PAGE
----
Ex-prosecutor in celebrity cases wants drug evidence tossed

A former Las Vegas prosecutor who handled the Paris Hilton and Bruno Mars cocaine cases asked a judge to throw out evidence underpinning felony drug and weapon charges against him.

William Terry, a lawyer for former Clark County Deputy District Attorney David Schubert, argued in documents filed Tuesday that police had no reason and no permission to search Schubert's car and home or to draw blood from him after he was stopped March 19 in a neighborhood east of the Strip.

Terry declined to comment Wednesday about the filing. A hearing date was not set.

Police reported finding 0.01 grams of crack cocaine on the floor of Schubert's car after following him for several minutes and stopping him for failing to signal a turn.

Police said they seized an unlicensed 9 mm semiautomatic handgun from the trunk and almost 100 rounds of ammunition.

Terry has compared the size of the alleged cocaine find to a pencil point. In the eight-page motion to suppress evidence, he also argued that police had no authority at the time to open the trunk.

"No attempt to get Mr. Schubert's consent to search the vehicle was obtained, and likewise no search warrant was obtained," Terry said.

An affidavit filed March 25 showed that a detective obtained warrants just before 10 p.m., about five hours after Schubert was stopped.

Terry also alleged that a top deputy district attorney had meddled in the investigation. In addition, the lawyer pointed to flaws in the search warrants and accused the judge who authorized the searches of bias against Schubert.

"When a magistrate ... wishes members of the Las Vegas Metropolitan Police Department 'good luck' as was done in this case," Terry wrote, "it appears at least that the neutrality requirement has been abolished."

The lawyer said he might call the search warrant judge, William Kephart, and the deputy district attorney, Chris Owens, as witnesses during a preliminary hearing.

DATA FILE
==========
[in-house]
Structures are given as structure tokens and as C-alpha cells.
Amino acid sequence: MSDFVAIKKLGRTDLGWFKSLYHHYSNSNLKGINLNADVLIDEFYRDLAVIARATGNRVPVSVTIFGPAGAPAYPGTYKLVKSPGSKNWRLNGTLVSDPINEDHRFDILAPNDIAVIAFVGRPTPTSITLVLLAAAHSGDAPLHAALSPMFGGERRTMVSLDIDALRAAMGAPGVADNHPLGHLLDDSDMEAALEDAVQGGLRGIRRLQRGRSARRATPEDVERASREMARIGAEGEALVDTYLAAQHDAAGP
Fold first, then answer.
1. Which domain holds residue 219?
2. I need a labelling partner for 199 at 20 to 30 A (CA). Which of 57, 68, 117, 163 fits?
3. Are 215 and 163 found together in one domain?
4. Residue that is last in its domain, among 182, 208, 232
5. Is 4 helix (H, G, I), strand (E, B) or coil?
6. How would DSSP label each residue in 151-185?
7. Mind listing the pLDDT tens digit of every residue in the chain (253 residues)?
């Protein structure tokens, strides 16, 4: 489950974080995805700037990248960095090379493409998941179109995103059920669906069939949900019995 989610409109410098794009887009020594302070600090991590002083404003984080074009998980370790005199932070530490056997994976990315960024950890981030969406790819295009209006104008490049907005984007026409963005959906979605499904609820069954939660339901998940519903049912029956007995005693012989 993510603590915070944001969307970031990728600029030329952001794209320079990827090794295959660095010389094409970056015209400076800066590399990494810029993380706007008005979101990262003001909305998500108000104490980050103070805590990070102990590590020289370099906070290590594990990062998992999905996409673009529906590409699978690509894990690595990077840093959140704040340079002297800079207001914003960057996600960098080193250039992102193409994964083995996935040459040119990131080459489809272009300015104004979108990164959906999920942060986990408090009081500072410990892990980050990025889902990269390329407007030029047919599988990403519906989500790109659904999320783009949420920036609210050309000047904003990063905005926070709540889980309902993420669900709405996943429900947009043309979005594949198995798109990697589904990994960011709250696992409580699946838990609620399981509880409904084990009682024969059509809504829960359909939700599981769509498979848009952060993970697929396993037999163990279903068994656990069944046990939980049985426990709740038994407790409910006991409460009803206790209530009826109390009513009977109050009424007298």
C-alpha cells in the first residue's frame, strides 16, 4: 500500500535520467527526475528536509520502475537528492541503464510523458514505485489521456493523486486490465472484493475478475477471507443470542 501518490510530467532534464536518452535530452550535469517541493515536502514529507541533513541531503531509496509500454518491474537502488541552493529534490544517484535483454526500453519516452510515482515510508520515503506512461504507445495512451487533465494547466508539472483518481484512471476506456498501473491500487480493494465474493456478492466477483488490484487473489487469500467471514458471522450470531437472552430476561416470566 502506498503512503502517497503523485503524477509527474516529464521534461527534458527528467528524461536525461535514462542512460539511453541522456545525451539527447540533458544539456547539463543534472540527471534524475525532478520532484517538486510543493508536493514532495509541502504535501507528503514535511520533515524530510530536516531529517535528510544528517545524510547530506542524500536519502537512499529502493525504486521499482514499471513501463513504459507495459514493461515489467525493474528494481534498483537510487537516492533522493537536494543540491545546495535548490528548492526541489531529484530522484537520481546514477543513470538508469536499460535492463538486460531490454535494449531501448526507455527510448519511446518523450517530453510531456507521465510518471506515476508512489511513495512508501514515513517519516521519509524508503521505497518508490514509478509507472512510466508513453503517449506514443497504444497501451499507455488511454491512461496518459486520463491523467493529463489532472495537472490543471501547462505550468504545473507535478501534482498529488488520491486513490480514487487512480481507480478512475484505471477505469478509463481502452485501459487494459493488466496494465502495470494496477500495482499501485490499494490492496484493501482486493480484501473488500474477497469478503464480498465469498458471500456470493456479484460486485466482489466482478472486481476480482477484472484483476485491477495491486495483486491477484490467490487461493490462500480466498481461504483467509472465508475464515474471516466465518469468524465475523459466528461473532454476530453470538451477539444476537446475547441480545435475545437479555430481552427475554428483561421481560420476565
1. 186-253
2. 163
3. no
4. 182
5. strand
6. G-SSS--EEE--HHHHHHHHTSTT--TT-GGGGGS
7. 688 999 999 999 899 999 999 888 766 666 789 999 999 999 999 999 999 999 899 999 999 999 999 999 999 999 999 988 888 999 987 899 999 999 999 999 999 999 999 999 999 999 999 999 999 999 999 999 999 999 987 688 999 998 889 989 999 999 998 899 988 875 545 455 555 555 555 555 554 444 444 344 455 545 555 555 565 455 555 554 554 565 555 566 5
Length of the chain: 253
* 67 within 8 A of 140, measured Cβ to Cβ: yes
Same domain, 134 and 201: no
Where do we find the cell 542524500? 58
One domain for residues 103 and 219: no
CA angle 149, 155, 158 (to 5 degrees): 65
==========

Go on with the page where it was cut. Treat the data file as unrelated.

Owens said he had not seen the court filing and declined to comment. Kephart didn't respond to a phone message.

Nevada Deputy Attorney General Thom Gover, the prosecutor in the case, said that he was preparing a response to Terry's motion.

Schubert, 47, a former liaison to a federal drug task force, is scheduled for arraignment Oct. 13 on drug and weapon charges that could bring more than a decade in prison if he is convicted. Terry has said Schubert intends to plead not guilty.

Police alleged officers watched a man get into Schubert's car, accept money, go into an apartment complex and return with the substance later determined to be crack cocaine.

The man, identified as Raymond Streeter, 43, wasn't charged in the case.

He told police in a recorded interview that Schubert had been buying drugs in the neighborhood for six or seven months.

That would encompass the time Schubert worked out an August plea deal with Hilton in a traffic stop on the Strip last summer and a February guilty plea by Mars after the Grammy-winning pop singer was arrested in September in a casino restroom.

Hilton was sentenced to a year of probation on misdemeanor cocaine possession and obstruction charges after 0.8 grams of cocaine was found in her purse.

Mars, whose real name is Peter Hernandez, is serving a year of probation to clear his record of a felony cocaine possession conviction. He acknowledged having 2.6 grams of cocaine after a performance at a Hard Rock Hotel nightclub.